SOS comments on SABC board resignations


South Africa’s SOS: Support Public Broadcasting Coalition has issued the following statement noting the deepening crises at public broadcaster, the South African Broadcasting Corporation (SABC). The statement reads: According to news reports both the chair and deputy chair have resigned. This creates a serious problem for the SABC. According to the Broadcasting Act, 1999, a quorate Board consists of nine board members including the chairperson or deputy chairperson. There only nine members left and no chairperson or deputy, therefore the board is no longer quorate.

Latest news reports indicate that both the chair and deputy chair of the board have resigned following the quarrel over the position of the COO at the SABC. This places both governance and management of the corporation in crisis. The board is no longer quorate in terms of the Broadcasting Act of 1999, which clearly requires a quorate board to have a minimum of nine board members including the chairperson or their deputy. The simultaneous resignation of both chair and deputy chair means that the board can no longer meet to take decisions.

The SOS Coalition is in agreement that, as stop-gap measure, the President must appoint a new acting chair and deputy chair from among the remaining board members. This would create a measure of immediate stability and enable the board to act which it cannot at this stage. Further, Coalition members are in agreement that an emergency parliamentary hearing is essential. SOS has written to parliament to hold this special emergency hearing to discuss this and other issues on two occasions prior to this crisis.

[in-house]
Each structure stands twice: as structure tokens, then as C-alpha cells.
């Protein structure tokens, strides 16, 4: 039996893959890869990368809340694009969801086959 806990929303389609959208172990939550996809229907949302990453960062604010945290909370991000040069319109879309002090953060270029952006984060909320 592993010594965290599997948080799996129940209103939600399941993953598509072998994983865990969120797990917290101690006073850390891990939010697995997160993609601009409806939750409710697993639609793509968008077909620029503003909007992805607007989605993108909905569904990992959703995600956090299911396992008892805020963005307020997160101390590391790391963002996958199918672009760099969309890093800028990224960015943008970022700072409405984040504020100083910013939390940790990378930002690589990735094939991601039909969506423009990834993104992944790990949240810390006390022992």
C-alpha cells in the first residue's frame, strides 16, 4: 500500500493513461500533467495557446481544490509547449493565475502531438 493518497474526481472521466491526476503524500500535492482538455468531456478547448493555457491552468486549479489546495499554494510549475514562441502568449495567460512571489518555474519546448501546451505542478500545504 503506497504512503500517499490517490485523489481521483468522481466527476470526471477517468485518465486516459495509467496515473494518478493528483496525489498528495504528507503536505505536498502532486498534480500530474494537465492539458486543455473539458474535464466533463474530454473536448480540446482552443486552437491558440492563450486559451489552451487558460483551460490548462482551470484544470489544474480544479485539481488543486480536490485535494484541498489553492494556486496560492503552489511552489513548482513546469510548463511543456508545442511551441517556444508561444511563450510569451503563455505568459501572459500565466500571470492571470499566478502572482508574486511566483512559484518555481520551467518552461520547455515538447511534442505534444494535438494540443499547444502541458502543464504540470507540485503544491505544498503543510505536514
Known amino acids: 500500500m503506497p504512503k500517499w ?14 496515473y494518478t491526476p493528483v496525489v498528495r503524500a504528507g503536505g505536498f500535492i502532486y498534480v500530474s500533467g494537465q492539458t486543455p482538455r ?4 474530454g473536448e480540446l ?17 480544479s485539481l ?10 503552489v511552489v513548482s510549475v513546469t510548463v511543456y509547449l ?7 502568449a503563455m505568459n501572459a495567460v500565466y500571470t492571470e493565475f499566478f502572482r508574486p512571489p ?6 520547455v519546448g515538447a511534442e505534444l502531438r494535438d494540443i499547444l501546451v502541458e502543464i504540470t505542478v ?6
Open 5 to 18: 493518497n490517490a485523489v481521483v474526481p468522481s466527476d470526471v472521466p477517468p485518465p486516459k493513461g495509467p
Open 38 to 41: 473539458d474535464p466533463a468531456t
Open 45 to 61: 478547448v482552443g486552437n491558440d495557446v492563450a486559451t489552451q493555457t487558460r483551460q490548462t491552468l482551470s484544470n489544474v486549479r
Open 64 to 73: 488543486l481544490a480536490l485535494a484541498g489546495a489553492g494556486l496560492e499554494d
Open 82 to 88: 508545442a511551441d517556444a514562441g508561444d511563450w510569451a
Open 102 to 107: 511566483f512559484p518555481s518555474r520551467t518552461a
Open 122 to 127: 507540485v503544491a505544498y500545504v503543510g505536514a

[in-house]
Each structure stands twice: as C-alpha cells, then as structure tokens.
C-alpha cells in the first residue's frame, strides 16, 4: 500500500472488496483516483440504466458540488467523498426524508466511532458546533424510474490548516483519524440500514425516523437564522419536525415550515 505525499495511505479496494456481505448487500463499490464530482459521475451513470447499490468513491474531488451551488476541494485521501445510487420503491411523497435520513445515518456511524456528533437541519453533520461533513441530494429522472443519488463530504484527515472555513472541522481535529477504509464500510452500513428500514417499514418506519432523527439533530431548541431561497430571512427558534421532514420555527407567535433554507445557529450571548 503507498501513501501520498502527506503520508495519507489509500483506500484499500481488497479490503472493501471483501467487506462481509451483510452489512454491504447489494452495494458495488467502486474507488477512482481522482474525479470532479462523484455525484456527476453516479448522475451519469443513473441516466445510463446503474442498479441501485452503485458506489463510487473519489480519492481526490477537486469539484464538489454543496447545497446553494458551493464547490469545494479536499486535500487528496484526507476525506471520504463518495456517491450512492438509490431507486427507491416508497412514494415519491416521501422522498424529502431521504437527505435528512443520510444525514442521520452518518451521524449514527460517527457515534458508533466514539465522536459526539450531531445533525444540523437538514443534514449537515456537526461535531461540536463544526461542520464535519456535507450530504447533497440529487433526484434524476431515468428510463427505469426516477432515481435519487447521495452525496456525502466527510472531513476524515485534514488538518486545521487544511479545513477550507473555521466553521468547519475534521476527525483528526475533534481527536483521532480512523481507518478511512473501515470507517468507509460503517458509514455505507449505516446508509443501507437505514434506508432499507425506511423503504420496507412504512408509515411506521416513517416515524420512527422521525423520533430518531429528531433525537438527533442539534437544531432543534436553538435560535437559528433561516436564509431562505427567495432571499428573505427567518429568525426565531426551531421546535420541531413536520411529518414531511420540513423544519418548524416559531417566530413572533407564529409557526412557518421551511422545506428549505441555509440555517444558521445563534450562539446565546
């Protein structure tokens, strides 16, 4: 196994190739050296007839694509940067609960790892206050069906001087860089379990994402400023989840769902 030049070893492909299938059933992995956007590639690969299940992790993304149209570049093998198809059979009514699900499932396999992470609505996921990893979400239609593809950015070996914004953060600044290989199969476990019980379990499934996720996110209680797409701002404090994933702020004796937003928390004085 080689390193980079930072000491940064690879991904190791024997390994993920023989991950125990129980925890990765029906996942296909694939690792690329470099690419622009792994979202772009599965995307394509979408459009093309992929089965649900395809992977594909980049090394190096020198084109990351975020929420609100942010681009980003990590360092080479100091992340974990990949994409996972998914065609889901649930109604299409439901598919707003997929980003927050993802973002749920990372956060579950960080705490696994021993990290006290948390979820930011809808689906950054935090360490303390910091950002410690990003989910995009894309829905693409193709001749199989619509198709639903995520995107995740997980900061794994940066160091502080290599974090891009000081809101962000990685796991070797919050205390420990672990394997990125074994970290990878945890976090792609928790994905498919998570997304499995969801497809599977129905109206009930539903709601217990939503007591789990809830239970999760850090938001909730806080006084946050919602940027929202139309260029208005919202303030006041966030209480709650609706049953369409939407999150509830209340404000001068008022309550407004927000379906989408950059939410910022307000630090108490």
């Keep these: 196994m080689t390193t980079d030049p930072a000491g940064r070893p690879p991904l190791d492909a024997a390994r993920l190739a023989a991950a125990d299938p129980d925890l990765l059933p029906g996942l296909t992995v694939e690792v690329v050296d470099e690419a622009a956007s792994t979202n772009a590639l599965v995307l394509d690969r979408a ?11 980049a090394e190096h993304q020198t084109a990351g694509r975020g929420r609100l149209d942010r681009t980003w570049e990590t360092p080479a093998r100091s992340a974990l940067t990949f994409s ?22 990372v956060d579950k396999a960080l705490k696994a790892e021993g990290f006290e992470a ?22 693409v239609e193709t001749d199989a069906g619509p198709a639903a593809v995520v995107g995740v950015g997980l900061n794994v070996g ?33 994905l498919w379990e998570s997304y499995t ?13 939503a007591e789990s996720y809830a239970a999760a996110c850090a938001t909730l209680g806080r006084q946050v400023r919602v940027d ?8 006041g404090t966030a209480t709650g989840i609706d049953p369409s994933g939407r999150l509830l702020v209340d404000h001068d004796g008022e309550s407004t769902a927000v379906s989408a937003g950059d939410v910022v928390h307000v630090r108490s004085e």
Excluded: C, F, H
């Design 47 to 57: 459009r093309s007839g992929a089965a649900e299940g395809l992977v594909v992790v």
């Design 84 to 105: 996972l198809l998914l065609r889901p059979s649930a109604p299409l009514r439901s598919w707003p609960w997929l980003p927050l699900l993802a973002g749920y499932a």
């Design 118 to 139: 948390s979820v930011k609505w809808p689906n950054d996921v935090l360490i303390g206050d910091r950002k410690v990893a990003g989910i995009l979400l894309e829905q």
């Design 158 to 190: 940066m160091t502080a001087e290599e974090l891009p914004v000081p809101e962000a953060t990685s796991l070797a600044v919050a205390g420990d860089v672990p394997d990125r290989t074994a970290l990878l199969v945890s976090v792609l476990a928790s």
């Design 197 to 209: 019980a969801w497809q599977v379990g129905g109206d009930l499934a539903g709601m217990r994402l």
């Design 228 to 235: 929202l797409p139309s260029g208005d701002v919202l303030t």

The parliamentary hearing needs to investigate the following five issues:

  • The SABC board. Parliament must investigate why the board is unable to act effectively and if particular board members have deliberately frustrated board decision making. This must include an investigation into the reasons for the resignations of board members, some of which were made public via the SOS Coalition’s recent access to information applications.
  • inisterial Interference. Previous SABC board members have, in their resignation letters, referred to interference by the Minister of Communications in board activities which directly contributed to their resignations. Parliament must investigate whether and to what extent ongoing interference by Ministers of Communications in board appointments of executive management has contributed to the gridlock at the SABC.
  • The Special Investigations Unit report. The Special Investigations Unit report is alleged to implicate both board members and senior management of the SABC in corruption and other irregularities. The SOS Coalition calls upon parliament to order the immediate public release of the Report and to deal with its findings. Where board members have been fingered, parliament must conduct an investigation into whether they should be removed for misconduct.
  • The SABC Management. The SOS Coalition calls upon parliament to investigate why the SABC has no permanent management apart from the CEO. People who have been appointed are on suspension and acting appointments are the norm. Rumours swirl about executive interference in these decisions. This is organisationally unsustainable and has a critical impact on the SABC’s ability to deliver on its mandate of providing quality public service content – a key building block of modern citizenship – and may well have contributed to the failure to launch the SABC 24 hour news channel.
  • The lacuna in the Broadcasting Act. In 2008 SOS repeatedly warned parliament that the lacuna in the Broadcast Act as to who is responsible for appointing the three executive positions on the board, namely CEO, CFO and COO, would render a return to stability impossible. This has been proven correct over and over again. Parliament must deal with this lacuna.

It remains the view of the SOS Coalition that it is the non-executive members of the board who, being accountable for management performance, must be solely responsible for their appointment, and that the Minister must not be involved.

Parliament must hold open, frank discussions on these issues and must chart a clear way forward with the board as a collective.

SOS will be contacting the chair of the parliamentary portfolio committee on communications again to ask for an urgent meeting to put forward its very serious concerns.


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